4th Sunday of Easter
A telephone conversation I had the other day left me, at first perplexed. One of the questions I asked the caller was ‘are you a Catholic?’ “Oh yes” they replied. What was perplexing to me was that the caller didn’t see any problems, any tension between saying “oh yes I’m a Catholic” and the fact that by both the relationship they were in and by never going to mass on Sunday they were publicly breaking the commandments, ignoring the teachings of Christ and disobeying the law of the church. In addition the caller had had two children baptised and during the baptism ceremonies had publicly made a solemn promise to God to bring the children up as Catholics. A promise to God which they had completely failed to keep.
Now I don’t judge them, there are many reasons for why we do or fail to do things, but I was perplexed - why couldn’t they see the contradiction between saying ‘Yes I’m a Catholic’ and living as they did.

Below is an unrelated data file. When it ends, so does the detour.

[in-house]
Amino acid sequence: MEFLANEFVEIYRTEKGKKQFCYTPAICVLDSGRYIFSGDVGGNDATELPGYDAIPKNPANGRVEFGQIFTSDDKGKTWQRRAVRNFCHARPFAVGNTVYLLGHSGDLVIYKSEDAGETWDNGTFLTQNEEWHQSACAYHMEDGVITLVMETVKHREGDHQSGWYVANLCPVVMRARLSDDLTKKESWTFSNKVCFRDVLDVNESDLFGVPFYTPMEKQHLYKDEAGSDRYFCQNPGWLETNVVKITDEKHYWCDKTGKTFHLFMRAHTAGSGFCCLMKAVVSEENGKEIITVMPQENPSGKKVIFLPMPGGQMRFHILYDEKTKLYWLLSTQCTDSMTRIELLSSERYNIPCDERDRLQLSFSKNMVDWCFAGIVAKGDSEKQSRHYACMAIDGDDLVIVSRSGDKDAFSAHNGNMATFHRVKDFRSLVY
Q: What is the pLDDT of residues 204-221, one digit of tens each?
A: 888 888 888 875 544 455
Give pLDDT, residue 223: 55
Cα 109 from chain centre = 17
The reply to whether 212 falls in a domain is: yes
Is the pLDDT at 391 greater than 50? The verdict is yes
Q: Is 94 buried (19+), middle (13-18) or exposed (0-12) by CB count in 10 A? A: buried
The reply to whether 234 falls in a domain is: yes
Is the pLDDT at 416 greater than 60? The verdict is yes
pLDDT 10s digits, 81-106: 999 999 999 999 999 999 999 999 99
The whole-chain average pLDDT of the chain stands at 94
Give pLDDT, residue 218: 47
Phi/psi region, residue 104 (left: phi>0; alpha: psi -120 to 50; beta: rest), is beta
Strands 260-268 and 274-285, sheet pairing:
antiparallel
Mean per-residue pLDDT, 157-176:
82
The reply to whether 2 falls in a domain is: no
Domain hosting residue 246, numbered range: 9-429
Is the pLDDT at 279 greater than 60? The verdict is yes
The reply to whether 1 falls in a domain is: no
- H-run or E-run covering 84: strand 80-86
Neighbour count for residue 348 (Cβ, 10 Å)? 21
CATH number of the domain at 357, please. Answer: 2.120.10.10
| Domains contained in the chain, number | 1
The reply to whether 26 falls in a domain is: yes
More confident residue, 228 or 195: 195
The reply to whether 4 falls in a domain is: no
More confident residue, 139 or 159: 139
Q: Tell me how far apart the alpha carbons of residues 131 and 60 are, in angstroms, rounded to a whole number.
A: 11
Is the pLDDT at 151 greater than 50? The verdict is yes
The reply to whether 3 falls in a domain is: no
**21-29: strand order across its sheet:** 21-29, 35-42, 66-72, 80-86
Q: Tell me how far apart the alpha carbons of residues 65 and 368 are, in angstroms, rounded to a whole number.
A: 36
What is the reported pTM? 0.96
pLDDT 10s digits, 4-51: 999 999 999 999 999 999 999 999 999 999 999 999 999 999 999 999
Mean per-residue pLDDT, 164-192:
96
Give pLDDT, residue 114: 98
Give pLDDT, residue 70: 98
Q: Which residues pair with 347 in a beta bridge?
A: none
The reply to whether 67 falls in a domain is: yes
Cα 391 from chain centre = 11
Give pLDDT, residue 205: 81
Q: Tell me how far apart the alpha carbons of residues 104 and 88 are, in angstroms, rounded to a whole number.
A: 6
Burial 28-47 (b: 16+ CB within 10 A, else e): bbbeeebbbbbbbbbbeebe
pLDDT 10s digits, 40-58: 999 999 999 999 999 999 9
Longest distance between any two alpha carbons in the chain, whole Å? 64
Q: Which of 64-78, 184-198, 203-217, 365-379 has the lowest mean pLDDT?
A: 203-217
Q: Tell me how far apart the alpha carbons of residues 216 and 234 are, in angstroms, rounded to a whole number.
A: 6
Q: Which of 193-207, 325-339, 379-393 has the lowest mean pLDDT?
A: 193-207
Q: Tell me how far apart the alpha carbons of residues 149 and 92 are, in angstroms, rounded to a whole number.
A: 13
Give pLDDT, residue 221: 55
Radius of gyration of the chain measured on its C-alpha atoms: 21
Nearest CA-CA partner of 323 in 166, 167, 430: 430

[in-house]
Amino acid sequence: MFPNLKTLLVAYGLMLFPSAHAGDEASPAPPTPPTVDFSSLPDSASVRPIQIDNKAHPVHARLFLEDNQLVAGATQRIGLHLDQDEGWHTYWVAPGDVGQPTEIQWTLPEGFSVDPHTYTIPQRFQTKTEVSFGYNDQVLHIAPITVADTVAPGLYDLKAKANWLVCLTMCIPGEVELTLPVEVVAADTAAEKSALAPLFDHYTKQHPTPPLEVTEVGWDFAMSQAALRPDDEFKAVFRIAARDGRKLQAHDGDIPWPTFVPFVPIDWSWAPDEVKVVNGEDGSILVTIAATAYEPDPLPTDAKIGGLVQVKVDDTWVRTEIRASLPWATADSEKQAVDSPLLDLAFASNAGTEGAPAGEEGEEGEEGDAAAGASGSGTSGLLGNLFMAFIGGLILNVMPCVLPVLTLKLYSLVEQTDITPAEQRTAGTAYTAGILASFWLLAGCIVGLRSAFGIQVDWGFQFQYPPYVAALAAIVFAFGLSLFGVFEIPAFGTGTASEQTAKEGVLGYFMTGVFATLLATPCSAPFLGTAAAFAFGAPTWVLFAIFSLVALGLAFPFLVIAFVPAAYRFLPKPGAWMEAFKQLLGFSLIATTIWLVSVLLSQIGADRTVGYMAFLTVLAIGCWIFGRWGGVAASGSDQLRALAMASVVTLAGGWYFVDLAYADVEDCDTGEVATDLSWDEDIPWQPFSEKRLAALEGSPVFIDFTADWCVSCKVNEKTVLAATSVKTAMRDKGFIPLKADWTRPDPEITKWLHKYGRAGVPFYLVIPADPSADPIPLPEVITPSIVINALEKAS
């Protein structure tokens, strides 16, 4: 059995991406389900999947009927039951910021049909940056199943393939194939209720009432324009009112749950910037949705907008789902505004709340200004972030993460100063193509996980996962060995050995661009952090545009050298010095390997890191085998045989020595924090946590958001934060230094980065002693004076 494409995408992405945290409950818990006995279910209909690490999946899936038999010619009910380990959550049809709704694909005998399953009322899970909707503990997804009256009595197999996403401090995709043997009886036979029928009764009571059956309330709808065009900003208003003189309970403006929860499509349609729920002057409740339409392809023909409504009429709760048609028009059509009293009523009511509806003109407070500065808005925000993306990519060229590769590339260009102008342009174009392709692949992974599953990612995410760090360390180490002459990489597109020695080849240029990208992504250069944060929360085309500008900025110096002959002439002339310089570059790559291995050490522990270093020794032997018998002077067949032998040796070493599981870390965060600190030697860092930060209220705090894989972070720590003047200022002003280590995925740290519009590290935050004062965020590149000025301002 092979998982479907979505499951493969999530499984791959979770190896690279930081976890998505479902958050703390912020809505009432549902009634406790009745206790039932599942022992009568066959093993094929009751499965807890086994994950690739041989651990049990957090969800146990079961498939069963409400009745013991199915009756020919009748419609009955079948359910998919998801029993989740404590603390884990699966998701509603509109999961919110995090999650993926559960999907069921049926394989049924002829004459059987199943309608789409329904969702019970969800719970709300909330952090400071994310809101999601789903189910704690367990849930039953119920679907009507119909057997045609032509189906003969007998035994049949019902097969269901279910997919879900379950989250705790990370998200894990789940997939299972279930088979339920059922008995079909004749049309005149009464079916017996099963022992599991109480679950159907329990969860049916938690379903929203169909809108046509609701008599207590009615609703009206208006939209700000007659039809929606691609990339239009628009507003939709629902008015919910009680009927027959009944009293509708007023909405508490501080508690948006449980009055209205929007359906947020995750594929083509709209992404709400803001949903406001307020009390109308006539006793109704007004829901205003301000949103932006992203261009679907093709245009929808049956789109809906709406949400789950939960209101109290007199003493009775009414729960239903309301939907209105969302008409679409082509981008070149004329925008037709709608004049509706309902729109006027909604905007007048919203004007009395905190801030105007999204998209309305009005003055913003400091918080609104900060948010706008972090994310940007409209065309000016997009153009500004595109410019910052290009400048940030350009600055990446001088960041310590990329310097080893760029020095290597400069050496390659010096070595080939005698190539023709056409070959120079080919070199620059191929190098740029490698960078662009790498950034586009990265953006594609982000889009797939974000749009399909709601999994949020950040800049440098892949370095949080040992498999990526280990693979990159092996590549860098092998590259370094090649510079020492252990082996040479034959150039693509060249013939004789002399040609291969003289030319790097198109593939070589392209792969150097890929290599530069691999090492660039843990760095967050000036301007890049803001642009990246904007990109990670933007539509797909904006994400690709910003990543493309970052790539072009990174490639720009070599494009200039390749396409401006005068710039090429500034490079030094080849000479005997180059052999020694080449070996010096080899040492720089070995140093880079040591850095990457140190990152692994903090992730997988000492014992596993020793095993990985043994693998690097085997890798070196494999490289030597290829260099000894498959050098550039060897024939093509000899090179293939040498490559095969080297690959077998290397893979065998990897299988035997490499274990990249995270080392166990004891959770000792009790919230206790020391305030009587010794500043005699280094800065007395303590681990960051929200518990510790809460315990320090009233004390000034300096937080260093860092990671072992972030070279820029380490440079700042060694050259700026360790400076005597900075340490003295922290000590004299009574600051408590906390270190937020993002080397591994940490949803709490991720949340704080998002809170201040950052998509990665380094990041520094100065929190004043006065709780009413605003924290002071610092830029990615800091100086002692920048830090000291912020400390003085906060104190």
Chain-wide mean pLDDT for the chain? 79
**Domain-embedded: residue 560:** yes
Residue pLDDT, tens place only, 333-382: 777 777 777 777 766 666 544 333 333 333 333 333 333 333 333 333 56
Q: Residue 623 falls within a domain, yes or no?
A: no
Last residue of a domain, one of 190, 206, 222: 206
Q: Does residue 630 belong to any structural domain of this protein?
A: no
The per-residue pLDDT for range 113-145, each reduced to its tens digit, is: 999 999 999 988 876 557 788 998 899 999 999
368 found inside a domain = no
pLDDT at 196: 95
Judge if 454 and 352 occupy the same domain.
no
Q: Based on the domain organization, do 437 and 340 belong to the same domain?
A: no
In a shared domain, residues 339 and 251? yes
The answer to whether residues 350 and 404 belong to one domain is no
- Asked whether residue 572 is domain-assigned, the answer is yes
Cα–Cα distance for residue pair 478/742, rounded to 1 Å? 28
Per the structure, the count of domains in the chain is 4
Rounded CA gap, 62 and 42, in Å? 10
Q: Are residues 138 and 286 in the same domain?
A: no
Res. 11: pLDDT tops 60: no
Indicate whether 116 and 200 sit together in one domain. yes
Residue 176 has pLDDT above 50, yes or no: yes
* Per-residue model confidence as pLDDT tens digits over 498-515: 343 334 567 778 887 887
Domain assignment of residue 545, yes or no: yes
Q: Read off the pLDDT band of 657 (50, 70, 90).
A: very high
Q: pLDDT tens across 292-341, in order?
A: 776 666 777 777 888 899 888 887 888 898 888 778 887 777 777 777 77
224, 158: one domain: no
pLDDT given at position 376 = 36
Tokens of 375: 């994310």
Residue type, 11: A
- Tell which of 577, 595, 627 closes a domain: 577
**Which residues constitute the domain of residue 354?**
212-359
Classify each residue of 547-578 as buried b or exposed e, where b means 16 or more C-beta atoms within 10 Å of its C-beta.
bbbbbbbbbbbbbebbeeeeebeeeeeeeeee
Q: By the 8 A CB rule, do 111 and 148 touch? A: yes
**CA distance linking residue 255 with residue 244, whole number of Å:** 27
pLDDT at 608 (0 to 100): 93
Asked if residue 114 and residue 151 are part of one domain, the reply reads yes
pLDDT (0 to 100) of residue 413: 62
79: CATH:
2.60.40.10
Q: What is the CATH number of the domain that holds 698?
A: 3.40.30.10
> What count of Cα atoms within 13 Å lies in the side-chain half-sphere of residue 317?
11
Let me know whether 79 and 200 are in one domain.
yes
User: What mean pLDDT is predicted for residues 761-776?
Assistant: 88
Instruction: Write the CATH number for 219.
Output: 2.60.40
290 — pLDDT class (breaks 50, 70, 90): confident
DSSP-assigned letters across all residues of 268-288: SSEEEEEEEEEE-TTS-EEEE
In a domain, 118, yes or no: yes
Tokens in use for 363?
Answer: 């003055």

Then I asked a question - the answer to which immediately made it clear. “Do you believe Jesus is God?” I asked. “Well” they said “I believe there is a God”.
There you have it. In the words of St John in today’s second reading “Because the world refused to acknowledge him - therefore it does not acknowledge us”. You cannot understand the Catholic faith, the Catholic Church, what it means to be a Catholic, unless you know, or are growing in the knowledge and love of Jesus.
Listen to Jesus in the Gospel “I know my own and my own know me, just as I know the Father and the Father knows me”. Being a Catholic is first and foremost about being in love with Jesus, about having a personal relationship with him, knowing him, speaking to him and listening to him. Jesus offers us a share in his relationship with the Father. Each of us are called to have the same relationship with Jesus that he has with the Father. And it is this network of relationships throughout the world and throughout time, in heaven and on earth, all founded in the relationship between God the Father and God the Son, that makes the Catholic Church.
The foundation of this relationship is to know Jesus. To recognise that he is God, to know as St Peter says in the first reading, that the name of Jesus is the only one by which we can be saved.